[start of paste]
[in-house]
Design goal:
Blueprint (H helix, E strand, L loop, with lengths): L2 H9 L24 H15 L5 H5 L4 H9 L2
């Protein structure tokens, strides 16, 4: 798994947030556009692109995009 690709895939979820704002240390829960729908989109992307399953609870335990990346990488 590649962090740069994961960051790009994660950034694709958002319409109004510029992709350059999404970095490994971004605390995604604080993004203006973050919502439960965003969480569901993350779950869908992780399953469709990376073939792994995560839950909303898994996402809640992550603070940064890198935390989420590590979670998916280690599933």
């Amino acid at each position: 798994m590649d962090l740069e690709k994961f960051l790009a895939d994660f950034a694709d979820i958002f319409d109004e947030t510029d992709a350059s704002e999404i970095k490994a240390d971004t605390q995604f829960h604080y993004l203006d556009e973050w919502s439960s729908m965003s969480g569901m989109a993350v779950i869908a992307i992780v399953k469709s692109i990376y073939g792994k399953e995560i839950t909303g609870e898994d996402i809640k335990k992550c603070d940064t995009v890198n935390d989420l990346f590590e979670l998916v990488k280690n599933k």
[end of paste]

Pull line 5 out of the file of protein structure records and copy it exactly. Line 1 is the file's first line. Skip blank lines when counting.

């Amino acid at each position: 798994m590649d962090l740069e690709k994961f960051l790009a895939d994660f950034a694709d979820i958002f319409d109004e947030t510029d992709a350059s704002e999404i970095k490994a240390d971004t605390q995604f829960h604080y993004l203006d556009e973050w919502s439960s729908m965003s969480g569901m989109a993350v779950i869908a992307i992780v399953k469709s692109i990376y073939g792994k399953e995560i839950t909303g609870e898994d996402i809640k335990k992550c603070d940064t995009v890198n935390d989420l990346f590590e979670l998916v990488k280690n599933k």